East Lake Station

September 9, 2013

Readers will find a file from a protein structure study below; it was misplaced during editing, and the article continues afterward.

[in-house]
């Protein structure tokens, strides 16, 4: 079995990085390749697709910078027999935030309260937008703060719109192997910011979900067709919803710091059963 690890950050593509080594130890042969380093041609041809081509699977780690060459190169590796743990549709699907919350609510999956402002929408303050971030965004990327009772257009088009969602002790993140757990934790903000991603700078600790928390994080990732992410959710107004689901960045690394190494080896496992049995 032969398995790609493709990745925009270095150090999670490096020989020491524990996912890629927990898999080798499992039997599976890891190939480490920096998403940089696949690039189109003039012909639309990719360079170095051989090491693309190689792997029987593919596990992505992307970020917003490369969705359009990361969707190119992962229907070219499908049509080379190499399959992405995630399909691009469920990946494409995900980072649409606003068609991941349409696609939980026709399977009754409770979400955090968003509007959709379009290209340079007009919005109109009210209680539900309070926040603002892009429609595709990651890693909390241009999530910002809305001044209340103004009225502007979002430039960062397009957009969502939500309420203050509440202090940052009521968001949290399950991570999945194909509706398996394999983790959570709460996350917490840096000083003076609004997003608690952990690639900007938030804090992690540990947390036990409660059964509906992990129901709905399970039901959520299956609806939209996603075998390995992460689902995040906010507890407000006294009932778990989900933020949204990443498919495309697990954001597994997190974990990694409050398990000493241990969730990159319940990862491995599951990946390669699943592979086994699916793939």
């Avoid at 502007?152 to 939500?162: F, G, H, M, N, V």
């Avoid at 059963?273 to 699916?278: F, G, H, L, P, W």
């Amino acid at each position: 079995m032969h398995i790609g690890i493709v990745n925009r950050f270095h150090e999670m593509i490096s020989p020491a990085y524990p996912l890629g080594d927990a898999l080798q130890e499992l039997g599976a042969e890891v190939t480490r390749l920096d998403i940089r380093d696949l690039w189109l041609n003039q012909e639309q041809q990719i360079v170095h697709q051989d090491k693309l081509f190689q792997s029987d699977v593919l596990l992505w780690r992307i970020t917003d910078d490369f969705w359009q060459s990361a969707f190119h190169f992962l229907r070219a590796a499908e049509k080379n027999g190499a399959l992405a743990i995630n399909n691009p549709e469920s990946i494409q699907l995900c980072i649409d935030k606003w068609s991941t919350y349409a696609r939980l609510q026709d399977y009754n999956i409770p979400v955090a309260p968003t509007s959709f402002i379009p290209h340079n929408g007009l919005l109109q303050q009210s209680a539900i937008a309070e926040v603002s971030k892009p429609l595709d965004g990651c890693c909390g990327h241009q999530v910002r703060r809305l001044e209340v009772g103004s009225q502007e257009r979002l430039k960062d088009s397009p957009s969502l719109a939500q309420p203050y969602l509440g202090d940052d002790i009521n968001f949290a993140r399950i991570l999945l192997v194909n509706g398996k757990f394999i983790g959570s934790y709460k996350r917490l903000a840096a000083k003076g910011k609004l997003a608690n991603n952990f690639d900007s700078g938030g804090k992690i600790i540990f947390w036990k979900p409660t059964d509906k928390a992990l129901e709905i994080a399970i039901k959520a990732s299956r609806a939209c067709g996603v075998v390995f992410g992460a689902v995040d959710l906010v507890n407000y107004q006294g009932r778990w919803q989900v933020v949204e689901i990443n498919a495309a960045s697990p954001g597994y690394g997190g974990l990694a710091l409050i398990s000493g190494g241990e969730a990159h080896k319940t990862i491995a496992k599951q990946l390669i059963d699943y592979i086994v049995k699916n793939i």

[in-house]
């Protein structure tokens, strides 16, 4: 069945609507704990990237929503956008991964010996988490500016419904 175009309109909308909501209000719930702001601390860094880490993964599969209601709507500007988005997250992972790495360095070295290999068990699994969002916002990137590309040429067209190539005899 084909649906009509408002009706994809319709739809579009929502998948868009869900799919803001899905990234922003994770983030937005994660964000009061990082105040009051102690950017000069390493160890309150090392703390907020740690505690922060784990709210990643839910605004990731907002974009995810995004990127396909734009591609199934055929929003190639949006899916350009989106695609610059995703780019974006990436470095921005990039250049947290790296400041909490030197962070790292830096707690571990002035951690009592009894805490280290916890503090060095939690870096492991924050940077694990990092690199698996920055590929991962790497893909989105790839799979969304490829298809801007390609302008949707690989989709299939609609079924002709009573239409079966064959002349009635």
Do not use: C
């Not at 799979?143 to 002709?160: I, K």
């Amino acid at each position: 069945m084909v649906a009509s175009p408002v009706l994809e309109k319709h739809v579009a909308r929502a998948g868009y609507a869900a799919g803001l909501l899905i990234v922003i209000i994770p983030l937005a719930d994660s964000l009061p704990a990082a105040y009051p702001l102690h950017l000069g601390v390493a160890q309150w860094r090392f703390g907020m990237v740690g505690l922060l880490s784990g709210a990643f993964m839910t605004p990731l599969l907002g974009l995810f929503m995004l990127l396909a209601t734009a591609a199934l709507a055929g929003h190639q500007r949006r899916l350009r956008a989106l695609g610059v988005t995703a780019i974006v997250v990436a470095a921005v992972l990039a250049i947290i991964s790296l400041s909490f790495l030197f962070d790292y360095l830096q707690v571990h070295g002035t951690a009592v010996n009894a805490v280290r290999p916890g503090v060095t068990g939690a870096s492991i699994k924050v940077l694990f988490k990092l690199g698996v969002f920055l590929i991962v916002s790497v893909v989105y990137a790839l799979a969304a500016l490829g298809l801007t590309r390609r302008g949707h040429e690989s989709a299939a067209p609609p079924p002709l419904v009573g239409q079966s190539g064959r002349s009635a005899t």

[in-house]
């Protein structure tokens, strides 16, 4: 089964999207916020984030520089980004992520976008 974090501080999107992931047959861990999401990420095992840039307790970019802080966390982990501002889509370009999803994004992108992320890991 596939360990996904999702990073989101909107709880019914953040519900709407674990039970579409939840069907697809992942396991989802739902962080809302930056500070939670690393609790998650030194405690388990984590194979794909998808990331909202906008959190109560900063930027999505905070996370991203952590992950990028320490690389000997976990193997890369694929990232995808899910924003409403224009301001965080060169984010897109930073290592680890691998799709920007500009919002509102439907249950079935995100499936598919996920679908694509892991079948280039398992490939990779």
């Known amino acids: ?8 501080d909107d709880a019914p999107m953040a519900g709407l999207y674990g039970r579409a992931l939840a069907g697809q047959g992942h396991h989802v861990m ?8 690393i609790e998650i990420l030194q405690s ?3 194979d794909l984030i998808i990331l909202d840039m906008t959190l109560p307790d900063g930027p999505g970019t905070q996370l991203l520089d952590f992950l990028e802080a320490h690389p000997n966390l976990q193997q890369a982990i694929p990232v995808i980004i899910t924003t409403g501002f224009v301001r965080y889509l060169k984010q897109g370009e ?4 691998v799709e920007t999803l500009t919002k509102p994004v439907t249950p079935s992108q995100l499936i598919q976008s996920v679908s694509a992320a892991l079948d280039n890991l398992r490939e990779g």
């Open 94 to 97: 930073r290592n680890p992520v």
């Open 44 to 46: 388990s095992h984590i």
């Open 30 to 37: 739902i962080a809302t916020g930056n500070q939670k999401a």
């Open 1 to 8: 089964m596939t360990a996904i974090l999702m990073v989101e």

I love walking past morning trees before the light to East Lake station. The early hustle bustle cars waving whooshing by trains screeching to a halt. The quaking worship of people dawning pretending to read faces tired and nervous, waking infants nipped by the breeze and the mother Sun, and the crackling voice of an electronic black woman: “Welcome to MARTA…” Soon hissing steel the hermetic seal breaches our shift and shuffle, no seats aboard and trying to avoid touching people with metal poles, but I must, “Yuck.” A subway map tells the time— four stops west to transfer, four more to climb urban veins. An old white man sighs, four bags too many, avoiding eyes like the rest of us yellows and pinks and browns. We zip past graffiti dinosaurs and junkyards of homeless stores and towns of rich lady homes. Unloading students at GSU, a UPS guy with dreads hugs goodbye his paralegal girlfriend. Then Five Points found, rushing northbound, a nurse shouting madly at the queue, “You gotta be fucking kidding me!” but regrets it too when the flow returns. Sardines northbound, ripe with cocoa butter, and acrid odors, and Fernbank ads: “Extreme Mammals” “Midtown, next stop, doors open on the right.” Dashing for Tech upstairs counting two steps per second swiping gates bounding rounding for Bus 12 and making it barely. Missed the hike up 10th, relieved, now pulling a yellow wire before Hemphill— only a jaywalk between me and a day’s work.